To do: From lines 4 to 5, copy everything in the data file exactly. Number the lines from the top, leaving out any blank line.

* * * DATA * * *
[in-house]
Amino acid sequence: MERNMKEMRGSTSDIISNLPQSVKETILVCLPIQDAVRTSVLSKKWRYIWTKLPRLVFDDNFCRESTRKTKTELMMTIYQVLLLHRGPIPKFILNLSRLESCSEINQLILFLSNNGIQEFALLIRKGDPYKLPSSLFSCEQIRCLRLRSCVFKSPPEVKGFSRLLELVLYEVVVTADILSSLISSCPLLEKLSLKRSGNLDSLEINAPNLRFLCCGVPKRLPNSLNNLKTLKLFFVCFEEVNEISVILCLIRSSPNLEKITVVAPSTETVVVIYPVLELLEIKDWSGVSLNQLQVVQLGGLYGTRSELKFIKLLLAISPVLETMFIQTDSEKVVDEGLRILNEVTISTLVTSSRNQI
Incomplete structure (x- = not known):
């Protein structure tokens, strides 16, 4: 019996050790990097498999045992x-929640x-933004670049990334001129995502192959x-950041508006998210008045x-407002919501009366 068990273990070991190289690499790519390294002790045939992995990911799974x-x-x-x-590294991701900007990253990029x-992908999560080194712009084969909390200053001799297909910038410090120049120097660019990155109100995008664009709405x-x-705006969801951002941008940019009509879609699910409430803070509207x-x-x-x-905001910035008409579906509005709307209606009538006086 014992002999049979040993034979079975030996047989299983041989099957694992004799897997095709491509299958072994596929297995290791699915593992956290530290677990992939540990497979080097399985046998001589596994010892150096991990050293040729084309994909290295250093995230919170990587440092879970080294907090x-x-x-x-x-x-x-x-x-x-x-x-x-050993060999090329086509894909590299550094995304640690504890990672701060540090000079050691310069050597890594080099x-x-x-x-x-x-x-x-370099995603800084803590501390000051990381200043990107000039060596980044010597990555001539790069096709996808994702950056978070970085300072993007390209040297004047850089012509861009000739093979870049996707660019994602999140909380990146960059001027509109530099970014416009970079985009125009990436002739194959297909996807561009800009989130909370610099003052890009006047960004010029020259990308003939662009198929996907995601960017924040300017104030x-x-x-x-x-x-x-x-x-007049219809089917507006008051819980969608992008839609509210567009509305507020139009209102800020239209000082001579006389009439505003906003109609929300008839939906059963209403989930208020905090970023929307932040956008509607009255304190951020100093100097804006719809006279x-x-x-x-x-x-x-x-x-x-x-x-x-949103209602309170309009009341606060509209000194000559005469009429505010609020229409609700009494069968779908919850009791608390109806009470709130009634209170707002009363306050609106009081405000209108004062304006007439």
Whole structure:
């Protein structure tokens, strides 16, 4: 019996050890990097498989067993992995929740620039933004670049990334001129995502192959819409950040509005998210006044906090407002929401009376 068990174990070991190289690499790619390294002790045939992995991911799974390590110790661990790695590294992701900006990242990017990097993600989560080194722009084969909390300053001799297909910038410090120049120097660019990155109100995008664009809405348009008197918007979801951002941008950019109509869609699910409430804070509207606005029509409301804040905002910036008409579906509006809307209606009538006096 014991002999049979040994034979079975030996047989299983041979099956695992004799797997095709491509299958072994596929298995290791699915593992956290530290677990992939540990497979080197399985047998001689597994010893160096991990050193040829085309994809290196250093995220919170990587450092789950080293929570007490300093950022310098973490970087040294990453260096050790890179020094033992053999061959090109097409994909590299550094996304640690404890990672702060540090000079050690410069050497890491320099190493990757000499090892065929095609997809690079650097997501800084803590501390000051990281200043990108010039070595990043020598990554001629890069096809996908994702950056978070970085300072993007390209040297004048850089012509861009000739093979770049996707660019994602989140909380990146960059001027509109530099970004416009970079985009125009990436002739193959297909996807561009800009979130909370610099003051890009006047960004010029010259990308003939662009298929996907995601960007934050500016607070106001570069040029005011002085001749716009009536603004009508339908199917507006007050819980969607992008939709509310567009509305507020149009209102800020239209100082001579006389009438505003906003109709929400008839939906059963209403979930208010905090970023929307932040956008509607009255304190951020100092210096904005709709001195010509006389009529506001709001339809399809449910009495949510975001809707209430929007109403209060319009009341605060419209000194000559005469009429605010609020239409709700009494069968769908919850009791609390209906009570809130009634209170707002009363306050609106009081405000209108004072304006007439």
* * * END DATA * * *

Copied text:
């Protein structure tokens, strides 16, 4: 019996050790990097498999045992x-929640x-933004670049990334001129995502192959x-950041508006998210008045x-407002919501009366 068990273990070991190289690499790519390294002790045939992995990911799974x-x-x-x-590294991701900007990253990029x-992908999560080194712009084969909390200053001799297909910038410090120049120097660019990155109100995008664009709405x-x-705006969801951002941008940019009509879609699910409430803070509207x-x-x-x-905001910035008409579906509005709307209606009538006086 014992002999049979040993034979079975030996047989299983041989099957694992004799897997095709491509299958072994596929297995290791699915593992956290530290677990992939540990497979080097399985046998001589596994010892150096991990050293040729084309994909290295250093995230919170990587440092879970080294907090x-x-x-x-x-x-x-x-x-x-x-x-x-050993060999090329086509894909590299550094995304640690504890990672701060540090000079050691310069050597890594080099x-x-x-x-x-x-x-x-370099995603800084803590501390000051990381200043990107000039060596980044010597990555001539790069096709996808994702950056978070970085300072993007390209040297004047850089012509861009000739093979870049996707660019994602999140909380990146960059001027509109530099970014416009970079985009125009990436002739194959297909996807561009800009989130909370610099003052890009006047960004010029020259990308003939662009198929996907995601960017924040300017104030x-x-x-x-x-x-x-x-x-007049219809089917507006008051819980969608992008839609509210567009509305507020139009209102800020239209000082001579006389009439505003906003109609929300008839939906059963209403989930208020905090970023929307932040956008509607009255304190951020100093100097804006719809006279x-x-x-x-x-x-x-x-x-x-x-x-x-949103209602309170309009009341606060509209000194000559005469009429505010609020229409609700009494069968779908919850009791608390109806009470709130009634209170707002009363306050609106009081405000209108004062304006007439």
Whole structure: